How to get Pregnant Without Fallopian Tubes

By Lauren Farrelly
How to get Pregnant Without Fallopian Tubes

Fallopian tubes are essential to the natural pregnancy process. A woman, however, can still become pregnant with none, or only one fallopian tube. Once an egg is released from an ovary, it is sent into the fallopian tube where it waits to be fertilized. Once it is fertilized, it will move down and implant into the uterus for further development. If a woman has no fallopian tubes, she very well may still be ovulating. However, the chances for a natural conception pregnancy are very slim. Instead, in vitro fertilization will be the best course of action.

Schedule an appointment with your OB/GYN

Schedule an appointment with your OB/GYN to discuss possible fertility options. If you have no fallopian tubes, naturally becoming pregnant through traditional methods will be very difficult.

Your eggs will be frozen and set aside for fertilization with your partner's sperm.

Schedule an appointment to have your eggs harvested. Your eggs will be frozen and set aside for fertilization with your partner's sperm.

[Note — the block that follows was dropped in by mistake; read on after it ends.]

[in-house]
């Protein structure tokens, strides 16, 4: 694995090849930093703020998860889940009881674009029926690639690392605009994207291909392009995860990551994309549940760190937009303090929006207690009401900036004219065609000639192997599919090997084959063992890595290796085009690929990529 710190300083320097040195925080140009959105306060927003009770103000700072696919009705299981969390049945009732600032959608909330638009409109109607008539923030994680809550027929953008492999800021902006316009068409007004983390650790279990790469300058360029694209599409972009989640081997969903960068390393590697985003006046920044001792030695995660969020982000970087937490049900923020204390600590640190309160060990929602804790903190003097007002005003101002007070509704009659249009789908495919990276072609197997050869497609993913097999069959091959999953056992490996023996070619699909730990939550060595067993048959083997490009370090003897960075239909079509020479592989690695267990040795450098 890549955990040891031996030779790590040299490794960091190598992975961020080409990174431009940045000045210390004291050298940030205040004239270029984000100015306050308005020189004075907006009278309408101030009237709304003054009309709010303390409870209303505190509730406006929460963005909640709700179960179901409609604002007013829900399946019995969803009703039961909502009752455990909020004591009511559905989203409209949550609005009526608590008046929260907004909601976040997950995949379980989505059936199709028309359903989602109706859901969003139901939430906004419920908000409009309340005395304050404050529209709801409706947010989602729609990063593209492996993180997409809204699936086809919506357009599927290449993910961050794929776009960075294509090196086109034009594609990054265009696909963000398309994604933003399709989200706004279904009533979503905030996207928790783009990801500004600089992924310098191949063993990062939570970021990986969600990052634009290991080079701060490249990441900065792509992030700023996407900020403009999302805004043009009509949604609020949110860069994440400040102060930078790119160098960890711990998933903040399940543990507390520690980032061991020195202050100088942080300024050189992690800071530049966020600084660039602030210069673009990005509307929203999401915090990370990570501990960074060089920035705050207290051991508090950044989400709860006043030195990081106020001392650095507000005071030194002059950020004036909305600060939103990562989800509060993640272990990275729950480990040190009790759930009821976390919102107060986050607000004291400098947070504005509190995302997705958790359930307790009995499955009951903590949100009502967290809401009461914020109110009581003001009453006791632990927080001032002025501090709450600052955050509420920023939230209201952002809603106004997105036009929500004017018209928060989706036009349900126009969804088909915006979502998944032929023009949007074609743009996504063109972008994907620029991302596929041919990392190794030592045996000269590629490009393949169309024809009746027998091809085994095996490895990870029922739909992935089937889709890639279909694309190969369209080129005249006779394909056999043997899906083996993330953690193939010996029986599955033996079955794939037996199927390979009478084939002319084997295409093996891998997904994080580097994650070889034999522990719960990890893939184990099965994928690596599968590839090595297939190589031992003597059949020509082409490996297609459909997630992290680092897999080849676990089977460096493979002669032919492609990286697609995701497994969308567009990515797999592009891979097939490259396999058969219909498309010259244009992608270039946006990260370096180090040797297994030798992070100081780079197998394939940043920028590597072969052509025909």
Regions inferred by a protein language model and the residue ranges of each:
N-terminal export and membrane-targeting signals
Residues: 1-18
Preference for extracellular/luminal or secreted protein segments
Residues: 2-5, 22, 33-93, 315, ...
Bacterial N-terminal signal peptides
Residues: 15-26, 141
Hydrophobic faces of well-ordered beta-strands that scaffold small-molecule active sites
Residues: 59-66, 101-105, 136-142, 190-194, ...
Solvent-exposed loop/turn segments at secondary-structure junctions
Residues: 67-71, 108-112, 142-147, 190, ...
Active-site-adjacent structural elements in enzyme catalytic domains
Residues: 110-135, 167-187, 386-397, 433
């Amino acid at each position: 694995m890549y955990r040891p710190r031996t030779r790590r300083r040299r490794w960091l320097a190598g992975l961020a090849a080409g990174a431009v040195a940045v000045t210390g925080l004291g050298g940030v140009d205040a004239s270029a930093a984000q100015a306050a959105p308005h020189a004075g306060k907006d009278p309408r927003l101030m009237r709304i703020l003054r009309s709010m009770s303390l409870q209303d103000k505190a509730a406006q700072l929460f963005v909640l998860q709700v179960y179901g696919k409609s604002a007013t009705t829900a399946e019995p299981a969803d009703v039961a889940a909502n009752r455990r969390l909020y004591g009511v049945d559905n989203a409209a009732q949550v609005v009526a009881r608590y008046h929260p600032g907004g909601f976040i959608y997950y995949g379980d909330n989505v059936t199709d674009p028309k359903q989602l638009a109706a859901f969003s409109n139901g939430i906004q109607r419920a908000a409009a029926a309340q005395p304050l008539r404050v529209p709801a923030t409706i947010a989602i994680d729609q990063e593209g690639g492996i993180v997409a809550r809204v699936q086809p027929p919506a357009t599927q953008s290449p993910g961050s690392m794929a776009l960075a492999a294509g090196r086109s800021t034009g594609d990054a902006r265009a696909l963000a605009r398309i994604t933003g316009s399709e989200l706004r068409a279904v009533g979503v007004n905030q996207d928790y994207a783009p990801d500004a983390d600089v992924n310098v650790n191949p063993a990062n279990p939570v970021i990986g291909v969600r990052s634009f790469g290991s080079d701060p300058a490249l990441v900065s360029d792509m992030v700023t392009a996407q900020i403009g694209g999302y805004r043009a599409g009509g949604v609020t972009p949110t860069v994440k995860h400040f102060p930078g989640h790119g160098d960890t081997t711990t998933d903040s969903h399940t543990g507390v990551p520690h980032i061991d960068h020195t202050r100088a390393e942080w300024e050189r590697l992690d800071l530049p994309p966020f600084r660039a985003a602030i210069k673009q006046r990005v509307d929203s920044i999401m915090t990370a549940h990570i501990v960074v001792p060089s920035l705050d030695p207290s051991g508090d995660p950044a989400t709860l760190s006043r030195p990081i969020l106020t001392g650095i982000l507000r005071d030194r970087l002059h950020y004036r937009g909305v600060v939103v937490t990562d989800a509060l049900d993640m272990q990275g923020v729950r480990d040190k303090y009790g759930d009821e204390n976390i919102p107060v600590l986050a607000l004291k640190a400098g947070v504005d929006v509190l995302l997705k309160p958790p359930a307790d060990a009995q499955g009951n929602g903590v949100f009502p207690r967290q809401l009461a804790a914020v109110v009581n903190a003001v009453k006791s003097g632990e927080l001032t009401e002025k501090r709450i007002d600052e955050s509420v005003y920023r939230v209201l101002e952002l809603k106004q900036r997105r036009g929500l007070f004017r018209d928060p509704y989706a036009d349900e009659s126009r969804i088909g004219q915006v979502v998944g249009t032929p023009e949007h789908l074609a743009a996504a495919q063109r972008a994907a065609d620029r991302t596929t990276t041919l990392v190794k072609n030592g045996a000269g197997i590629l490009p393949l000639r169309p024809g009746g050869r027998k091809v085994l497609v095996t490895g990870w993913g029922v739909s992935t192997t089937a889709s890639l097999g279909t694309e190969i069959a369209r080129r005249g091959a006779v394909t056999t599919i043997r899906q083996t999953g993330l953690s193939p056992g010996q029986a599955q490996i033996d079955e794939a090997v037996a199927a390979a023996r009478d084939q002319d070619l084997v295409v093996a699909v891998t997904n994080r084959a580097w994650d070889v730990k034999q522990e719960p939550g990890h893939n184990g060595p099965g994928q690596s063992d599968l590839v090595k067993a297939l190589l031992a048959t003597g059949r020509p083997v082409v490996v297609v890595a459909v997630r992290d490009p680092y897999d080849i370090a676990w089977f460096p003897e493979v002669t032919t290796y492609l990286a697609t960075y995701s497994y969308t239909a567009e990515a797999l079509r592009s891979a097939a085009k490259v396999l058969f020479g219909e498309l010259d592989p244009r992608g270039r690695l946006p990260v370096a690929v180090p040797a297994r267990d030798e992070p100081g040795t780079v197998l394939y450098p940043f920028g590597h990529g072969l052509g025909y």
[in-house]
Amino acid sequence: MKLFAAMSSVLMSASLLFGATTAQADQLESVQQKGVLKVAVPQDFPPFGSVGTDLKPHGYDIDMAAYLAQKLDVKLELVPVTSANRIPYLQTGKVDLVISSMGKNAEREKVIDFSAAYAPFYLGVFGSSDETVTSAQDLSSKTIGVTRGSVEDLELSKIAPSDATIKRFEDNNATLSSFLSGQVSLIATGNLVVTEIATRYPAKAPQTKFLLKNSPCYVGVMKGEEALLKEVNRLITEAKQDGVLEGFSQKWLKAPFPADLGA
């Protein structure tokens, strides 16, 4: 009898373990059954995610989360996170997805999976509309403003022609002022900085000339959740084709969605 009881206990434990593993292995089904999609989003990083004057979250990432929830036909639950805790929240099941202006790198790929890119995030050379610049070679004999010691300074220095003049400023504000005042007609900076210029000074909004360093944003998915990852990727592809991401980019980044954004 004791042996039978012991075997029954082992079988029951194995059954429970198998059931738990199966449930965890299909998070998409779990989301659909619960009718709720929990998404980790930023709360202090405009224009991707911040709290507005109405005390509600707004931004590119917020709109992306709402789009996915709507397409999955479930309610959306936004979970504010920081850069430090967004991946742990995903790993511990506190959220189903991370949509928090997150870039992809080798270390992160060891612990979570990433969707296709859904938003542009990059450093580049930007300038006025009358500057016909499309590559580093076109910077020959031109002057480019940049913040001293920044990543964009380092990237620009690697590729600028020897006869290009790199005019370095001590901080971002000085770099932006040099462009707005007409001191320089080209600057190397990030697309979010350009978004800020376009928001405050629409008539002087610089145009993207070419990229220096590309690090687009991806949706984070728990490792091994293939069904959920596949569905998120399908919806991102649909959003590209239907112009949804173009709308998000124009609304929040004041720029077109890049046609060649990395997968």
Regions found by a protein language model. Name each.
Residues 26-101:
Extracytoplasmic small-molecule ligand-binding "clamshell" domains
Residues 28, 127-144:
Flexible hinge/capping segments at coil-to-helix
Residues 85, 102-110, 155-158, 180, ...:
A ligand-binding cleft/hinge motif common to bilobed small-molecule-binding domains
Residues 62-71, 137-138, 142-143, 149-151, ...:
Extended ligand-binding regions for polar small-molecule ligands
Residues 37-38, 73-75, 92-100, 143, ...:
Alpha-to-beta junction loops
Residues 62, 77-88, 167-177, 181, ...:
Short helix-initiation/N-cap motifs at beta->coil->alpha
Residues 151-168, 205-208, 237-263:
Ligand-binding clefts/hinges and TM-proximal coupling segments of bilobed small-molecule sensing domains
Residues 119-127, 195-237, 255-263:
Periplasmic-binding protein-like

Schedule an appointment to have your partner's sperm harvested.

Schedule an appointment to have your partner's sperm harvested. The sperm will be frozen and set aside for fertilization with your egg(s).

Chart your basal body temperature and your monthly ovulation cycle.

Chart your basal body temperature and your monthly ovulation cycle. Your OB/GYN will recommend that implantation of a fertilized egg happen at a certain point during the month for an optimal environment.

Schedule an appointment with your OB/GYN to have the fertilized egg(s) implanted into your uterus.

Schedule a follow up appointment with your OB/GYN for an ultrasound and pregnancy test to check to see if the pregnancy has taken

Schedule a follow up appointment with your OB/GYN for an ultrasound and pregnancy test to check to see if the pregnancy has taken. This will typically happen about two weeks after in vitro fertilization has occurred.

About the Author

Lauren Farrelly has been writing and producing for television since 2003. She has experience covering sports, business news and general news events for CNBC, ESPN and Bleacher Report. Farrelly has a BA in broadcast journalism from Arizona State University.